When the RM100 Senior Citizens Appreciation scheme was announced by the Penang government last year, I had always wanted to register my aged aunt into the scheme. She's well over 70, unmarried and had been taking care of my two children ever since they were born. And she had been staying with me since I was small too. However, there had been one delay after another in the past year, and I hadn't been able to go to the DAP service centre in Bukit Mertajam even though the place is so near the Kampung Baru market where we usually go for our morning marketing.
During the state open house in Bukit Mertajam about 10 days ago, I was reminded by the friendly master of ceremony that it was still possible to register anyone over 60 years old until the 8 Mar 2010 deadline. I'm glad to mention here that I've finally managed to register my aunt in the programme last Saturday.
As the deadline approaches, there has been a flurry of newspaper reports in the past few days. Firstly, on 24 Feb, the state executive councillor in charge of the health, welfare, caring society and environment committee, Phee Boon Poh, said that the programme was open to all regardless of race, religion or political affiliation. It was introduced to recognise the sacrifices and contributions by senior citizens to society. Charity, he said, would only succeed when it was done with sincerity and love from the heart. "The state government will continue to reach out to ensure that the contributions of senior citizens are appreciated,” he added. Under the programme, those aged 60 and above can register at any constituency service centre to obtain RM100 per year in recognition for their contributions to society.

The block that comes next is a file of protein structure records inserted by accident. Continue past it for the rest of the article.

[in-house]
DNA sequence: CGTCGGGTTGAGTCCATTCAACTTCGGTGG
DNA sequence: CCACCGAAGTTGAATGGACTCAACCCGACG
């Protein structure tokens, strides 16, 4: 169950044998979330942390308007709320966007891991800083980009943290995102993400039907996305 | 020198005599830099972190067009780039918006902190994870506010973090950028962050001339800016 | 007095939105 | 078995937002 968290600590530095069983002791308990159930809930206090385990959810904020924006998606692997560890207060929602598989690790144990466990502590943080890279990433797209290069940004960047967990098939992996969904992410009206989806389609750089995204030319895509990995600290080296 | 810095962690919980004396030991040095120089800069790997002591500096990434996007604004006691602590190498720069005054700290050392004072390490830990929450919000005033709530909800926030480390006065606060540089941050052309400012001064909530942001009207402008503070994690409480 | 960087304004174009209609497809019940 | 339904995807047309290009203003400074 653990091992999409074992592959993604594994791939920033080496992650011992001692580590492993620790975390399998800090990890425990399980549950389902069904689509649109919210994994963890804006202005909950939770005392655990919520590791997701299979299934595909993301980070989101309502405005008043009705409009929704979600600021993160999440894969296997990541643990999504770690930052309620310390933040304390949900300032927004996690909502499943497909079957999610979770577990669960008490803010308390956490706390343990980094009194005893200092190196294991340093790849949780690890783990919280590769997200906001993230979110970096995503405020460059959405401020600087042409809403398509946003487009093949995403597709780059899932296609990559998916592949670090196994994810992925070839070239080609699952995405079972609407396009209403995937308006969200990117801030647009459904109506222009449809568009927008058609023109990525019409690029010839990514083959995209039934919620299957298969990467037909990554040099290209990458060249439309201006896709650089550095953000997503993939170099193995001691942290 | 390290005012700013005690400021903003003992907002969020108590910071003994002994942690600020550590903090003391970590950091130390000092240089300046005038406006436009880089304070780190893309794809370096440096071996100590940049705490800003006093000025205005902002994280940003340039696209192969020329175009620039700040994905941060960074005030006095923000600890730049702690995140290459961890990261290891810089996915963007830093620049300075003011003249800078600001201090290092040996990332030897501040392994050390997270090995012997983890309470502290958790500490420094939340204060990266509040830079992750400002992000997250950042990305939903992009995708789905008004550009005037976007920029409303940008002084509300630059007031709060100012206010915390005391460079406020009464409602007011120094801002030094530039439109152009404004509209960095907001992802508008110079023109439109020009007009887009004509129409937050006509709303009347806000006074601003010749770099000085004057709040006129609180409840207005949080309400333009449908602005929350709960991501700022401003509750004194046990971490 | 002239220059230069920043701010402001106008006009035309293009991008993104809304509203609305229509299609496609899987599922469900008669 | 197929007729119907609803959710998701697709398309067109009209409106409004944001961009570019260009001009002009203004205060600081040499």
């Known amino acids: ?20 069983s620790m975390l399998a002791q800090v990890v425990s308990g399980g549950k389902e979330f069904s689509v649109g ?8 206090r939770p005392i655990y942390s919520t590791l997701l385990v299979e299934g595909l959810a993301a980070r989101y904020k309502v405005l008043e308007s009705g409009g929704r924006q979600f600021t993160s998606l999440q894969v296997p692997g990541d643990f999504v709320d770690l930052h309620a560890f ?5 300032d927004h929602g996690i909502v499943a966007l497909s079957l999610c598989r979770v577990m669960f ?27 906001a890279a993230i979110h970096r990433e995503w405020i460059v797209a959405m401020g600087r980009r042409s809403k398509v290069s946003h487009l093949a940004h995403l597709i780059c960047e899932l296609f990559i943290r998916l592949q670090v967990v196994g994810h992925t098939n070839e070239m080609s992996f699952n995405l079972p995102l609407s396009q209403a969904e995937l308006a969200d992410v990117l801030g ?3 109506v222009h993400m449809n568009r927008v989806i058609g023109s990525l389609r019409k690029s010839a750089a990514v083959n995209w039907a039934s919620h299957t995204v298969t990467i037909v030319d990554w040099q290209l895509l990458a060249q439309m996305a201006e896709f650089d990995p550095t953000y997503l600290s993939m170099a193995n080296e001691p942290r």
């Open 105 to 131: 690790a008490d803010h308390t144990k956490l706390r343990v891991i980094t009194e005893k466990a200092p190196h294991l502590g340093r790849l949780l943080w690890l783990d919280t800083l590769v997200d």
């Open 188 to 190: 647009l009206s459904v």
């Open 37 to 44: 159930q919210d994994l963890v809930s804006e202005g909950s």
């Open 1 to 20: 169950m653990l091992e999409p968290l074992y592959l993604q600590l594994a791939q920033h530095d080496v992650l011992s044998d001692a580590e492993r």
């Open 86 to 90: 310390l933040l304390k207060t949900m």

And today, Phee said that the Penang government would still accept applications after the 8 Mar 2010 deadline but the payment to these folks would be made at a much later date as all their details must be verified. "For those that registered with us earlier, we hope the money can handed out beginning of April. I will confirm the date later," he added.
Not surprisingly, there were people who tried to run down the programme. The chief minister commented that certain parties had been making slanderous comments. "They said this was a plot to increase DAP’s membership. We don’t need to increase our membership this way. The state has extra money and we want to share it with the people no matter what their political views are, that is the meaning of a caring and sharing state government."
RM100 is not much for a single applicant but of course, if all the senior citizens in Penang do register, it's going to cost the government a fair bit of money, possibly close to RM12 million per year Personally, I think it is well-meant and a very noble effort. I would like to see the other states in the country emulate it.